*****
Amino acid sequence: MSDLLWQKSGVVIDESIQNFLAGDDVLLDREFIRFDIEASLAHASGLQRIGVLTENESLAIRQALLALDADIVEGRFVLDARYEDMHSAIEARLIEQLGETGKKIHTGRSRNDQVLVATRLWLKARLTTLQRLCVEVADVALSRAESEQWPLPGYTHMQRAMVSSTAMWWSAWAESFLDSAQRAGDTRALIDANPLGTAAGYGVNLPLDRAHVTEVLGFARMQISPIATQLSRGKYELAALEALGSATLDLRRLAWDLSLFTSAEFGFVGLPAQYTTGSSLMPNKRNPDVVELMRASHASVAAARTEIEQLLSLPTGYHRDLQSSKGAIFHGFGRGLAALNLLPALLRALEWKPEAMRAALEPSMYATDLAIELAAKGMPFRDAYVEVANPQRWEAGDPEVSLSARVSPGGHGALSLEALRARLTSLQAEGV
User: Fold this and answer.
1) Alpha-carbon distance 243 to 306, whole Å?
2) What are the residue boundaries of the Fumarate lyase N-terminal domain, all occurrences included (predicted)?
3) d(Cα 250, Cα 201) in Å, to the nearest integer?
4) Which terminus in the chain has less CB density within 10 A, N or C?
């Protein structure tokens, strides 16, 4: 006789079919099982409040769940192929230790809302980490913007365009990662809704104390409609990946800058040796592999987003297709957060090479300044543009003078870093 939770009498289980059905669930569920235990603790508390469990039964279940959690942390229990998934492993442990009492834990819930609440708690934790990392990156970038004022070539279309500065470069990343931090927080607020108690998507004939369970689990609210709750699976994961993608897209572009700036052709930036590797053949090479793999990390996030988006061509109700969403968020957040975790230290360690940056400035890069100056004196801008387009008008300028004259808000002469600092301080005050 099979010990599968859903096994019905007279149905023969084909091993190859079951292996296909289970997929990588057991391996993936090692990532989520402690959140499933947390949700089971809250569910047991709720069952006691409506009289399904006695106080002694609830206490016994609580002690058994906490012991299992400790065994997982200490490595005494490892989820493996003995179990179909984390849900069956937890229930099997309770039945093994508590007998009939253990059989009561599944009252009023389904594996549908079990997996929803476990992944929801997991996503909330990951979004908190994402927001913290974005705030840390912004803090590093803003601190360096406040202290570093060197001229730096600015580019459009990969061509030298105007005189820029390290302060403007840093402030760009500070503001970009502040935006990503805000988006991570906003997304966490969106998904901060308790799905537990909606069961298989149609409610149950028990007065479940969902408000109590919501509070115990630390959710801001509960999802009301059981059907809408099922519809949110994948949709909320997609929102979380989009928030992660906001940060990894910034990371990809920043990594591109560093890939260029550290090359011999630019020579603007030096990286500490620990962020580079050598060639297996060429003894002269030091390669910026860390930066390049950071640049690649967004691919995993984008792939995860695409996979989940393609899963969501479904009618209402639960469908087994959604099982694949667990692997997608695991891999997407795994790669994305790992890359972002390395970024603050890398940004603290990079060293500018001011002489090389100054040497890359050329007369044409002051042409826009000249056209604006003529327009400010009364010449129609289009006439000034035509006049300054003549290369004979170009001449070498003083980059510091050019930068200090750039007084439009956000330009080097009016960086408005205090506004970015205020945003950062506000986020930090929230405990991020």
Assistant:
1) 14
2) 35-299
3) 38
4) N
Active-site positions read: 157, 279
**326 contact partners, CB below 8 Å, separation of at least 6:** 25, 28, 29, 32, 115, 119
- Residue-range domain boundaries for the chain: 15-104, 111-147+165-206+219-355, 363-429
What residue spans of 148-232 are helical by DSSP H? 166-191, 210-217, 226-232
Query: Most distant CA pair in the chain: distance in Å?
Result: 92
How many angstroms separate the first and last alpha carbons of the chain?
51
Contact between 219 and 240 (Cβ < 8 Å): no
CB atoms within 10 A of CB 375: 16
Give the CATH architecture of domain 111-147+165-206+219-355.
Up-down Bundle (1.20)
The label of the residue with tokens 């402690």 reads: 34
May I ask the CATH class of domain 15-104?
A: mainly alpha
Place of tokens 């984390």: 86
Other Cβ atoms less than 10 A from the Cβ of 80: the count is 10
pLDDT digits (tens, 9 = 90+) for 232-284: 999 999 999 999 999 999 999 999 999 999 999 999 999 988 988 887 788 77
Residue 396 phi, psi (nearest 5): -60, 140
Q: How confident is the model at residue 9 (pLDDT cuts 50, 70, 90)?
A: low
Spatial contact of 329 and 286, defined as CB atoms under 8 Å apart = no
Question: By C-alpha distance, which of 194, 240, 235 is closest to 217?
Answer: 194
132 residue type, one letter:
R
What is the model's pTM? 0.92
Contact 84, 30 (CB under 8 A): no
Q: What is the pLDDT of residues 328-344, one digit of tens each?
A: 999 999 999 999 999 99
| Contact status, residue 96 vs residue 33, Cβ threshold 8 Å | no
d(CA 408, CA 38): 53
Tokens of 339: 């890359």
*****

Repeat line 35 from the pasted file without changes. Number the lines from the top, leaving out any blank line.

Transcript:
Question: By C-alpha distance, which of 194, 240, 235 is closest to 217?